French Country Furniture & Antiques

May 31st, 2004, 10:34 AM
  #1  
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French Country Furniture & Antiques

My wife are moving from a tiny 1 bedroom apt to a house and need lots of furniture! We're planning a trip to France to shop. We would like to find a bedroom set, dining room set, a few commodes, etc.

We are looking for handcarved Louis XV style furniture in great condition and are willing to travel around the country to find what we want but could use A LOT of guidance.

We plan to go Jul 17-25. Any suggestions on where to go? Also, does anyone have an idea of what kind of savings (if any) we can plan to see from buying/shipping from France?

For example, we saw a beautifully handcarved Louis XV dining table ($8800) with 10 chairs ($5900) at an antique dealer in New York.

What could we expect to spend in France?

Many thanks for any/all feedback!

Mike
nyc_price is offline  
May 31st, 2004, 11:08 AM
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Head down to Provence and Isle sur la Sorgue, which has many antique dealers and a very large market with additional dealers on Sundays.
Underhill is offline  
May 31st, 2004, 11:31 AM
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I would say that by the time you add shipping you will pay ALL of that--and particularly with the Euro strength now.
Gretchen is offline  
May 31st, 2004, 11:32 AM
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Ask PBProvence for her antique shop address in Connecticut.
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May 31st, 2004, 11:33 AM
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If you do take underhill's suggestion, visit Vincent-Mit-L'Ane who is Jean-Jaques Bourgeous, who wrote a book "The golden age of the rush bottom chair." (I don't read enough French to buy it) but he is on the same street as Michel Biehn, (worth a visit ) which is a main one called Route d'Apt. At the shop they will tell you where to go for what you want and can spend. Also the well-known and very formidable, Hélene Degrugillier-Dampiene at her Mas de Curebourg where her furniture is that features in many French magazinnes and homes. All I could affort was a cigale to add to my collection, but she trated me the same as the guy near me buying a pricely provençal buffet.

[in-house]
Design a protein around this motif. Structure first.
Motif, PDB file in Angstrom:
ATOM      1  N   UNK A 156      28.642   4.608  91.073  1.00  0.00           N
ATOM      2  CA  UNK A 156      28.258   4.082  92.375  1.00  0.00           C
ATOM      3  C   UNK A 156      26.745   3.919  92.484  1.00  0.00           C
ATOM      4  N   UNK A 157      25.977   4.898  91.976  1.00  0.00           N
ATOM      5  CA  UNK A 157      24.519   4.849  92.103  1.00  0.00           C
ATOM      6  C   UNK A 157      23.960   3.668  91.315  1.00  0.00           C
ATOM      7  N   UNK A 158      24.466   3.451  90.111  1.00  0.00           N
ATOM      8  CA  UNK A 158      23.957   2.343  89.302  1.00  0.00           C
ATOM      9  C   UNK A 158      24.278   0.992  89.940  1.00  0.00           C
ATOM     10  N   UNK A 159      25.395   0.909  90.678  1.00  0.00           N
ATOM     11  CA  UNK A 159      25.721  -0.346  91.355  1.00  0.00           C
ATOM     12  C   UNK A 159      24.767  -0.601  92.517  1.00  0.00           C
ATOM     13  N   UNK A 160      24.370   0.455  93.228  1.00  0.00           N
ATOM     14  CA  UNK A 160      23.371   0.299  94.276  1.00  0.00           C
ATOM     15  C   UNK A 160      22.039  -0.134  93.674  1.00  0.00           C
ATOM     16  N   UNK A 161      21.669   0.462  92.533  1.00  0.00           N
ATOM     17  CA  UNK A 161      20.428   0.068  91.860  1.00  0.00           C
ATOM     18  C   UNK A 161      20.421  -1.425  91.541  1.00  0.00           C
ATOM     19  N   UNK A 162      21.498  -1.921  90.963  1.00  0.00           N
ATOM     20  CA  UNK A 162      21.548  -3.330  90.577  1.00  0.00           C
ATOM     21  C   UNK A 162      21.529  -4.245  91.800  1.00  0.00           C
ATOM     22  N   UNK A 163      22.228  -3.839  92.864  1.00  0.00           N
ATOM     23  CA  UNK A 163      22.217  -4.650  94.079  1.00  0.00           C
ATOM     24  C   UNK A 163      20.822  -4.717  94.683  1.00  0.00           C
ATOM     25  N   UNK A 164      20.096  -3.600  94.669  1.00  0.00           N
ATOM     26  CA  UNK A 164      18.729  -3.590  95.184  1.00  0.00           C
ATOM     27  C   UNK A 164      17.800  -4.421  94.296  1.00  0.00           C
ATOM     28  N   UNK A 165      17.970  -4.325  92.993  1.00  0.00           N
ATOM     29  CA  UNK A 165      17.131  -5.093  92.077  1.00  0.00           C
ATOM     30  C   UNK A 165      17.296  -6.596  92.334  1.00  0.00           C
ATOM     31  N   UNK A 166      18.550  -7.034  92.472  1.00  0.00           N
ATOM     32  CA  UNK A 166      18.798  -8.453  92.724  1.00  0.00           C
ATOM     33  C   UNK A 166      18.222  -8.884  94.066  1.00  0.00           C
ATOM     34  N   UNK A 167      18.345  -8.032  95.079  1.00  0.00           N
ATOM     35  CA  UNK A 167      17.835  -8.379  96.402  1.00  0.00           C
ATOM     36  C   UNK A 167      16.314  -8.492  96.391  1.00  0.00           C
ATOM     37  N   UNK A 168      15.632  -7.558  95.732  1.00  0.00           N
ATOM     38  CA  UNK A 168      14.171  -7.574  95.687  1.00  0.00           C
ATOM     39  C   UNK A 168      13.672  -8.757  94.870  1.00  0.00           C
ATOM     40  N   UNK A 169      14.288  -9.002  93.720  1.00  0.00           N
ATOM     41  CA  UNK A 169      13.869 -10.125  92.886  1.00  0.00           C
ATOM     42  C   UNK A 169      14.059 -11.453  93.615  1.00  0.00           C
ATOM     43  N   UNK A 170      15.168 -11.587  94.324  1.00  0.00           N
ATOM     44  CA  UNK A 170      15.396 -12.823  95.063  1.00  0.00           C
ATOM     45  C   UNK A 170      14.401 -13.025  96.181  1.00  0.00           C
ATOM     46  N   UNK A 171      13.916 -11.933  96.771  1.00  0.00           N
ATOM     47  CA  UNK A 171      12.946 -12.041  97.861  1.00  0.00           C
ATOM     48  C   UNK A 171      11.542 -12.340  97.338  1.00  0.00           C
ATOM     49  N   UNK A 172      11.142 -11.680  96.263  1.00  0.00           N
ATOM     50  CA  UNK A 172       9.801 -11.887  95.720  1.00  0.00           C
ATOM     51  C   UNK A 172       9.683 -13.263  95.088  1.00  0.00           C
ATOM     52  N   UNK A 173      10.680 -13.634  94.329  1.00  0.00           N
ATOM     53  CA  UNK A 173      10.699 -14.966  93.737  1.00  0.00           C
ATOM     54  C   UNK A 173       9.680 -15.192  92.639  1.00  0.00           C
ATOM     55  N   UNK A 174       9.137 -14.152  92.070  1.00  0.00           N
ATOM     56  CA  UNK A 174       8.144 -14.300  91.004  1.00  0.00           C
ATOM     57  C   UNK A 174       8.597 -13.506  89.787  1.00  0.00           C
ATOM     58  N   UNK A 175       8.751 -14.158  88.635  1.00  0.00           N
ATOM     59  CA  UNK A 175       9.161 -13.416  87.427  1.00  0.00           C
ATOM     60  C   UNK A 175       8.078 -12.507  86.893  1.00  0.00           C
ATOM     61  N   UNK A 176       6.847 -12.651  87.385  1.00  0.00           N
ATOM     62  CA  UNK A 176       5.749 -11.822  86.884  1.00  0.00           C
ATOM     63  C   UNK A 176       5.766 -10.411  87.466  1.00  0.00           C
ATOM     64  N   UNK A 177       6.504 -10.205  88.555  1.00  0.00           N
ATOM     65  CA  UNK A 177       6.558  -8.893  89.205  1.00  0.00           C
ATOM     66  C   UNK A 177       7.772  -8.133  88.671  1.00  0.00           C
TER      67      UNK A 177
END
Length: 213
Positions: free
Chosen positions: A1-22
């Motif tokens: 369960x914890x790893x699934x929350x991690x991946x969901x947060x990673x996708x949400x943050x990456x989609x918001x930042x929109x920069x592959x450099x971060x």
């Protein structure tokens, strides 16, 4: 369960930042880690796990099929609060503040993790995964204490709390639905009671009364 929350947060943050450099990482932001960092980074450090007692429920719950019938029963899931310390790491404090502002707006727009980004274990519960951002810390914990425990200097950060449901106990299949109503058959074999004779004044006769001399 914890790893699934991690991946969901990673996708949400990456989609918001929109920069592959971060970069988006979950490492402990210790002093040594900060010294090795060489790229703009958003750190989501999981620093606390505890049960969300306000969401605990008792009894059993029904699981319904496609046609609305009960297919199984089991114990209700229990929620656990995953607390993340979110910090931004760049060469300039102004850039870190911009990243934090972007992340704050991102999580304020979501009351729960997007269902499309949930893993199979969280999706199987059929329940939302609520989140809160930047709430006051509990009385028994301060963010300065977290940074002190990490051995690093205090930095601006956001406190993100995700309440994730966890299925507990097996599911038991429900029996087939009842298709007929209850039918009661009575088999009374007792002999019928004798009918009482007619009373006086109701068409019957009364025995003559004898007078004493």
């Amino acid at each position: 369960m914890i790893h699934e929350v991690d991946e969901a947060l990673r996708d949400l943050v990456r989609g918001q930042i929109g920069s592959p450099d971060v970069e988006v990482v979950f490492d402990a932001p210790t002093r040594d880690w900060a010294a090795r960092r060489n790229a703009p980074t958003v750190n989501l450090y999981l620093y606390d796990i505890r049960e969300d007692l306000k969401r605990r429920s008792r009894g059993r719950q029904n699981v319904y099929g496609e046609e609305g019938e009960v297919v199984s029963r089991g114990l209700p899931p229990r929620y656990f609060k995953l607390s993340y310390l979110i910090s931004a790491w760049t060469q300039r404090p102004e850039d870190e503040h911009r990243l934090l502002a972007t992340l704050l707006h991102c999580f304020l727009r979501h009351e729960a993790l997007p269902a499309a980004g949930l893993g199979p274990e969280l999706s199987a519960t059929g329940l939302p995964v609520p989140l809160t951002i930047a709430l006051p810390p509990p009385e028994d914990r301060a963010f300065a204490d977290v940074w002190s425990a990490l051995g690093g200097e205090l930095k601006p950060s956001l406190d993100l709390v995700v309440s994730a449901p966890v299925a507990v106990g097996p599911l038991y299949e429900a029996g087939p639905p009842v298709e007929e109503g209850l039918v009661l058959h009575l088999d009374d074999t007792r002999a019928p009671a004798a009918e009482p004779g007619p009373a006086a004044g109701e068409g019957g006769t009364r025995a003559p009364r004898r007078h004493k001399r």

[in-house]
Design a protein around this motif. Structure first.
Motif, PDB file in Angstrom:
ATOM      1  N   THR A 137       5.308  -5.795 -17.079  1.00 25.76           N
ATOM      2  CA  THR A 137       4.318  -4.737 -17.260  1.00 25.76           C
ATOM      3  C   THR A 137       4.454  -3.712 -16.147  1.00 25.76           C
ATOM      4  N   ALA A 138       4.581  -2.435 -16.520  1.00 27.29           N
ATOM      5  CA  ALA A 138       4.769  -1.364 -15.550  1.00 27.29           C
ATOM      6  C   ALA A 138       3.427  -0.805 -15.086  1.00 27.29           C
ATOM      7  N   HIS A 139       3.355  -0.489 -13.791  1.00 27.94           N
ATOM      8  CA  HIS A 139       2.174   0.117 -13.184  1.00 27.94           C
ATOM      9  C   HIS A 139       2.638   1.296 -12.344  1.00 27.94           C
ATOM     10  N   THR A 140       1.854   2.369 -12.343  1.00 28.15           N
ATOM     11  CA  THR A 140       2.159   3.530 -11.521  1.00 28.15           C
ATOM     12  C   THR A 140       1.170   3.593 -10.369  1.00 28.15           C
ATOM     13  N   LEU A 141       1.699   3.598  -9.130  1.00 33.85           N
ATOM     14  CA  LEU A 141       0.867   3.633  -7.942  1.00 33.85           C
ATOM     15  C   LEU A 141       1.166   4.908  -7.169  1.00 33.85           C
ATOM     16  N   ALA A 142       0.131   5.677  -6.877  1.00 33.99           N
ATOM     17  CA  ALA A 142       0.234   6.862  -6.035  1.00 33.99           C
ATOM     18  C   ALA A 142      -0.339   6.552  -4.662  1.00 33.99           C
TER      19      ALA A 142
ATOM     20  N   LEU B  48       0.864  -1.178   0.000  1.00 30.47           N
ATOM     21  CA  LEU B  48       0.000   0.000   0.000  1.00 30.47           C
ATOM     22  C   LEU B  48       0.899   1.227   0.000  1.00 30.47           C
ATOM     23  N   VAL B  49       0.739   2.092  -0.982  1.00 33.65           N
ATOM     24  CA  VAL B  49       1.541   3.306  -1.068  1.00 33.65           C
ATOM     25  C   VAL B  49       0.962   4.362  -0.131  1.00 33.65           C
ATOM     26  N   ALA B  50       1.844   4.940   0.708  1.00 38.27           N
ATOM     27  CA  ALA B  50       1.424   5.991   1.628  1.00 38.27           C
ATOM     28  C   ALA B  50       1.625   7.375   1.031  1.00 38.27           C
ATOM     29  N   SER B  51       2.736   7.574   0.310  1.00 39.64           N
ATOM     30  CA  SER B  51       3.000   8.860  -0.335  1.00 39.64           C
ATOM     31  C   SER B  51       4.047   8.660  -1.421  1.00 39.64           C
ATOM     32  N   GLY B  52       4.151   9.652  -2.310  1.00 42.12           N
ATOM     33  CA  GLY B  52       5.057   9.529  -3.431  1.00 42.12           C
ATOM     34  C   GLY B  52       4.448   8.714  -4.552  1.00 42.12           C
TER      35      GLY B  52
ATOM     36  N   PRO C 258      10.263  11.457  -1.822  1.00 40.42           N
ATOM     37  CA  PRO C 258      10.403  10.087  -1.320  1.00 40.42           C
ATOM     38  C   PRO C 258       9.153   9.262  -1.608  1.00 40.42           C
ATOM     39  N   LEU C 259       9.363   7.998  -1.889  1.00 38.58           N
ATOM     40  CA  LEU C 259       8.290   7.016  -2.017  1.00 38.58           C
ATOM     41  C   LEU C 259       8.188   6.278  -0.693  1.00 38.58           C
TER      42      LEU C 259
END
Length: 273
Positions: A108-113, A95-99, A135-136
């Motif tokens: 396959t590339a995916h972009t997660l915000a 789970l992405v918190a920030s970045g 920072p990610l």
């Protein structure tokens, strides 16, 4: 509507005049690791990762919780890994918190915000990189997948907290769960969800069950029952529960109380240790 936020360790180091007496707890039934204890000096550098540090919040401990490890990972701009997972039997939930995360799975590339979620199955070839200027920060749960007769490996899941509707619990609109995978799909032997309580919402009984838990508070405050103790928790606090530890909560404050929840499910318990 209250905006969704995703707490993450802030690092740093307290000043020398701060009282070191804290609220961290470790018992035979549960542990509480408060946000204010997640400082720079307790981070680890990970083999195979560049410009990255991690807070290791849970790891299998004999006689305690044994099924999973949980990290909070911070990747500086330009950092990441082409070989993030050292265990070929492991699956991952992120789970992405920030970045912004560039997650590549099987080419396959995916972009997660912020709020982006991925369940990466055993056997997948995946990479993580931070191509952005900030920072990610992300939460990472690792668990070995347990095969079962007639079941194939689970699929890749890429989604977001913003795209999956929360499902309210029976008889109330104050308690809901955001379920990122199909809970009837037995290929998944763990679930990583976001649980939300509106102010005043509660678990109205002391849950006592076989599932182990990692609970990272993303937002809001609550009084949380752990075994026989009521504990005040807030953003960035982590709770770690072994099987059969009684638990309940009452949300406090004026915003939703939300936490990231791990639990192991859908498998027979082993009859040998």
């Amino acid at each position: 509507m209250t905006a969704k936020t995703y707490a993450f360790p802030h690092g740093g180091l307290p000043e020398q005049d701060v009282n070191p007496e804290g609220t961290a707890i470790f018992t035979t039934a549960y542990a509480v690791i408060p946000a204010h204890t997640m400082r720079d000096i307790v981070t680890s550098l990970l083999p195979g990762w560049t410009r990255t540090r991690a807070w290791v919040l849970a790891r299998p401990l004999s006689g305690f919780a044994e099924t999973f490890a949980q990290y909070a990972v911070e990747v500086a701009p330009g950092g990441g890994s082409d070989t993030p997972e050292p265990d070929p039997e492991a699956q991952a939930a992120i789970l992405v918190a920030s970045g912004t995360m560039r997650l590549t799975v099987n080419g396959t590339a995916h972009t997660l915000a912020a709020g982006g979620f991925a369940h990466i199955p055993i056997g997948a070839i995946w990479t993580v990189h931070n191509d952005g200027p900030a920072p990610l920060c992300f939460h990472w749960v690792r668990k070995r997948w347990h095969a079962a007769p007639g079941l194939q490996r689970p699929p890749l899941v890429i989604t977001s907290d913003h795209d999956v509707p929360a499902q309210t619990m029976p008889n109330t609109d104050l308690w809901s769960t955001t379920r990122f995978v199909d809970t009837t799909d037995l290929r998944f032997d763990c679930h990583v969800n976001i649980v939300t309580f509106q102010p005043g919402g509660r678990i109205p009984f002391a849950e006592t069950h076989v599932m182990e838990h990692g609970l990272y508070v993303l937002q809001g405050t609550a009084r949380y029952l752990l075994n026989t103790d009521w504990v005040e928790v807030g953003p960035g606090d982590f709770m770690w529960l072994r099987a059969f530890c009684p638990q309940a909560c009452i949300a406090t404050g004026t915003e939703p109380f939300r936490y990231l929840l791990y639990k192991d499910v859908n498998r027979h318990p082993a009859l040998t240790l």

cigalechanta is offline  
May 31st, 2004, 11:42 AM
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sorry, treated was the word , but google or buy a French home type magazine like Coté Sud, Cote Ouest, Maison & Jardin (Mediterranée) and there will be lists of shops.
cigalechanta is offline  
May 31st, 2004, 12:33 PM
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Savings? I really wouldn't expect to realize any savings. It may cost you more to ship a piece of furniture than what you pay for the piece to begin with. And with the dollar so weak, antiques in France are extremely expensive now.

I was at the yearly antiques market in Ile-sur-la-Sorgue, with PBPRovence, in April, and we agreed the merchandise was shoddy and the prices absolutely exorbitant.